What Brooks believes, in other words, is that Alabamians who suffer from afflictions such as cancer, multiple sclerosis, and heart disease suffer because “they’ve made bad choices.” He rejects outright our moral obligation — our responsibility and our joy as a community — to care for the sick, the disabled, and the poor. While most Americans believe that we should help those who cannot help themselves, Brooks preaches selfishness of spirit instead of altruism and charity.
And then there is Roy Moore, returning yet again. Must we remind ourselves yet again that Moore has twice become Alabama’s former chief justice? In 2003, he was notoriously removed from office after disobeying a federal court order requiring him to take down a Ten Commandments monument displayed in the Alabama Supreme Court building. In 2016, he was suspended (and eventually resigned) after once more defying federal courts by refusing to issue same-sex marriage licenses. Moore is no courageous fighter for freedom—he is a renegade who does not believe in the rule of law. And yet he continues to run for public office over and over and over.
What, then, are our options?
Politico claims, accurately, that Alabama is “a state that Democrats have almost no chance of winning.” But the key word here is “almost.” That tiny space, that nearly invisible crack in the cement of Alabama’s cruel political façade, leaves room for hope. Not the purely partisan hope that the Democrats could beat the Republicans and gain a seat in the Senate — but the hope that we can imagine better candidates, that we can elect better representatives, and that Alabama politics might make us proud instead of shaming us into surrender.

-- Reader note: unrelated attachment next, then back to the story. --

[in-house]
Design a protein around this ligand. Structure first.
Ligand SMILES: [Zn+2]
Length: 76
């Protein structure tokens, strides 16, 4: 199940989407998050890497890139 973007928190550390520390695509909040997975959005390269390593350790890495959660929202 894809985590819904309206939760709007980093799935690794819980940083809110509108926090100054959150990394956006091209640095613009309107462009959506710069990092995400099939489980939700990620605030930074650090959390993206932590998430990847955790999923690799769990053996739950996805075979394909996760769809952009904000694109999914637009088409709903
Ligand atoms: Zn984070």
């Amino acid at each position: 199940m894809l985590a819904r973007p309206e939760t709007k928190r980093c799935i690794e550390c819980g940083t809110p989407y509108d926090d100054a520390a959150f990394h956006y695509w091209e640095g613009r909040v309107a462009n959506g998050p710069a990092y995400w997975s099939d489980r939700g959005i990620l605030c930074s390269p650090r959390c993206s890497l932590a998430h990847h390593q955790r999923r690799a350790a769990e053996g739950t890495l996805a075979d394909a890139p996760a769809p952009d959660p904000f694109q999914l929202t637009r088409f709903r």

Alabamians could, for example, choose someone like Doug Jones. A former U.S. attorney for the Northern District of Alabama, Jones coordinated the state and federal task forces that eventually apprehended domestic terrorist Eric Rudolph, and nearly 40 years after the 1963 bombing of Birmingham’s Sixteenth Street Baptist Church, he successfully prosecuted two of the former KKK members who were responsible for the attack that injured dozens of people and killed Addie Mae Collins, Denise McNair, Carole Robertson, and Cynthia Wesley.
“I’m running for U.S. Senate,” Jones declared, “because our leaders have lost sight of what it means to serve. … Alabama has been embarrassed enough the last few years by political leaders who have not been leaders at all. Instead of listening to the concerns that face us every day, like jobs and wages, adequate and affordable health care, and first-rate educations for our children and grandchildren, they have played on our fears and exploited our divisions for their own self-interests. I want to change all of that.” We should not assume it miraculous that a view like this could win out in Alabama. It’s decent and sensible, and it should be decent and sensible here, too.